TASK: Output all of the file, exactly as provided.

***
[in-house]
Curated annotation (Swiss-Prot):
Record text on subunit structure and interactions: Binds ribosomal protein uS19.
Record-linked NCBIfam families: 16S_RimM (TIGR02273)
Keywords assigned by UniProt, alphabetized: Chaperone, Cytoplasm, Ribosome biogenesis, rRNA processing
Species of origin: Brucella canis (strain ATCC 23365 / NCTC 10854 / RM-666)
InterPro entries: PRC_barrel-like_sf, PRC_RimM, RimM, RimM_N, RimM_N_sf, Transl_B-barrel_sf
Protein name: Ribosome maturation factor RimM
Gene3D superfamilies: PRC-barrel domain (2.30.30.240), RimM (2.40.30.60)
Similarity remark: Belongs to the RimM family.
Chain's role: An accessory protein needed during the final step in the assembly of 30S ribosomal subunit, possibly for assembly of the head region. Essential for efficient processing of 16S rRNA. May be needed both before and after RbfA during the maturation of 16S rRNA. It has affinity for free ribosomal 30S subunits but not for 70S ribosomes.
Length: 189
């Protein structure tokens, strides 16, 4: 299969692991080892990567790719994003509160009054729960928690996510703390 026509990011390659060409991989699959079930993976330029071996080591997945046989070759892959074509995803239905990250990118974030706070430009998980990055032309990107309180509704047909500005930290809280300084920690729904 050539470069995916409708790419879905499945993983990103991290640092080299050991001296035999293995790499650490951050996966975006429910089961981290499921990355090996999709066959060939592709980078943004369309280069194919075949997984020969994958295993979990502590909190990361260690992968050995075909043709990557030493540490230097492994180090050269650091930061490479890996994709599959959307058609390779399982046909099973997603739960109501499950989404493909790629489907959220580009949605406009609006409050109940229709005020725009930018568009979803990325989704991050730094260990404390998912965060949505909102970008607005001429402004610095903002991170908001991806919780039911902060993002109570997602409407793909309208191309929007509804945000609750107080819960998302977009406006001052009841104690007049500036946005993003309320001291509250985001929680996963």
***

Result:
[in-house]
Curated annotation (Swiss-Prot):
Record text on subunit structure and interactions: Binds ribosomal protein uS19.
Record-linked NCBIfam families: 16S_RimM (TIGR02273)
Keywords assigned by UniProt, alphabetized: Chaperone, Cytoplasm, Ribosome biogenesis, rRNA processing
Species of origin: Brucella canis (strain ATCC 23365 / NCTC 10854 / RM-666)
InterPro entries: PRC_barrel-like_sf, PRC_RimM, RimM, RimM_N, RimM_N_sf, Transl_B-barrel_sf
Protein name: Ribosome maturation factor RimM
Gene3D superfamilies: PRC-barrel domain (2.30.30.240), RimM (2.40.30.60)
Similarity remark: Belongs to the RimM family.
Chain's role: An accessory protein needed during the final step in the assembly of 30S ribosomal subunit, possibly for assembly of the head region. Essential for efficient processing of 16S rRNA. May be needed both before and after RbfA during the maturation of 16S rRNA. It has affinity for free ribosomal 30S subunits but not for 70S ribosomes.
Length: 189
């Protein structure tokens, strides 16, 4: 299969692991080892990567790719994003509160009054729960928690996510703390 026509990011390659060409991989699959079930993976330029071996080591997945046989070759892959074509995803239905990250990118974030706070430009998980990055032309990107309180509704047909500005930290809280300084920690729904 050539470069995916409708790419879905499945993983990103991290640092080299050991001296035999293995790499650490951050996966975006429910089961981290499921990355090996999709066959060939592709980078943004369309280069194919075949997984020969994958295993979990502590909190990361260690992968050995075909043709990557030493540490230097492994180090050269650091930061490479890996994709599959959307058609390779399982046909099973997603739960109501499950989404493909790629489907959220580009949605406009609006409050109940229709005020725009930018568009979803990325989704991050730094260990404390998912965060949505909102970008607005001429402004610095903002991170908001991806919780039911902060993002109570997602409407793909309208191309929007509804945000609750107080819960998302977009406006001052009841104690007049500036946005993003309320001291509250985001929680996963």